Paint Creek Lightning
At around 6:00pm on Thursday, rapidly growing thunderstorms began forming around the state for the 7th day in a row. This sequence of photos shows the progression of one storm north of Charleston during a 5-minute time frame. The cloud pushed skyward fast, with pileus caps visible several times. The last photo below shows the storm beginning to 'anvil out' in a mushroom-shaped cloud as it hits the ceiling. These photos were taken 1 to 2 minutes apart:
Standard, WV - August 3, 2000
After dark, storms continued to develop and move northeast. At 9:00pm, I decided to try and intercept a very active cluster of cells to the south. I drove east on I-64 and caught up with the lightning at Cabin Creek. At Chelyan, a bolt struck the mountainside 1/2 mile in front of me- immediately followed by an orange glow on the mountain that persisted for 3 seconds afterward, possibly from a tree taking the hit. I finally got ahead of the storms at Paint Creek. I set up the cameras (video and 35mm) facing northeast under I-64, near the old WV Turnpike Memorial Tunnel at Standard.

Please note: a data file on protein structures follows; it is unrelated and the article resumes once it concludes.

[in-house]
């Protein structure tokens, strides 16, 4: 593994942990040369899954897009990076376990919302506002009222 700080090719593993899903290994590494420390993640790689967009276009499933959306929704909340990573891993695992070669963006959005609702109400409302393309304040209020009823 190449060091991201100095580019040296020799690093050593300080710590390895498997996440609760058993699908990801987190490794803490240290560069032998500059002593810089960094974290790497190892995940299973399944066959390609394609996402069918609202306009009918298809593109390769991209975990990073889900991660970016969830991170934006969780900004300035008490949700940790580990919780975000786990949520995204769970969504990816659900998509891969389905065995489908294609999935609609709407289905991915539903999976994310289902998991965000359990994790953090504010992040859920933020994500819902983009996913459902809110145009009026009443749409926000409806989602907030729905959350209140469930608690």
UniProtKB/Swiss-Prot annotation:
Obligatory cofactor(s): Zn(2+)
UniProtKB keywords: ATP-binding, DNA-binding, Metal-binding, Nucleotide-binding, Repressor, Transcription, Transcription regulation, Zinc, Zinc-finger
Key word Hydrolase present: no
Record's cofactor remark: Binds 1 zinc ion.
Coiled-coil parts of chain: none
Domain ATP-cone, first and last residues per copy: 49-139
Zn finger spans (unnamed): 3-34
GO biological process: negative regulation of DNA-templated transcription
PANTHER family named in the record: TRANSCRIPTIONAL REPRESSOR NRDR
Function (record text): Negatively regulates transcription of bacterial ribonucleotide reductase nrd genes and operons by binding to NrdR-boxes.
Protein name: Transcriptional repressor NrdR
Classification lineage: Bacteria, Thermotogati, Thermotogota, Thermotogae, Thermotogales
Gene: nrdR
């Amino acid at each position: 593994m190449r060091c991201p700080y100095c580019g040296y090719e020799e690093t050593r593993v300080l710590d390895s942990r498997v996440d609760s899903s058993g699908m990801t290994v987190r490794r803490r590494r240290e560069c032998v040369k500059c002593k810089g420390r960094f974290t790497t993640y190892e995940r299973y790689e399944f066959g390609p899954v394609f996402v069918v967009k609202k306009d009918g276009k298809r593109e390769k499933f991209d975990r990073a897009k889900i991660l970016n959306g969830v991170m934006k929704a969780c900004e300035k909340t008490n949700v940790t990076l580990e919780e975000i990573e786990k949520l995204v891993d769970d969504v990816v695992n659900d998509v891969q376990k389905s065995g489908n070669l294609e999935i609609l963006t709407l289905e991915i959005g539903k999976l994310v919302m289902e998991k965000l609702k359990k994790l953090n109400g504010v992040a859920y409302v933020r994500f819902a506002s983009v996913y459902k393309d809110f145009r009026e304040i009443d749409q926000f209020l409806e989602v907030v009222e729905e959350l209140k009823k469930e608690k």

In the second photo at right, an anvil crawler spawns a ground connection during its horizontal trip across the sky.
Even though it cost me $2.50 in tolls to make this expedition, these shots made the drive worth it. Storms continued across the area the rest of the night- lightning was still flashing in the eastern sky at dawn.
Camera/Lens/Film: 35mm Pentax K1000 SLR, 28mm lens, Kodak 100 ASA.
Exposure: 5 to 15 seconds @ F5.6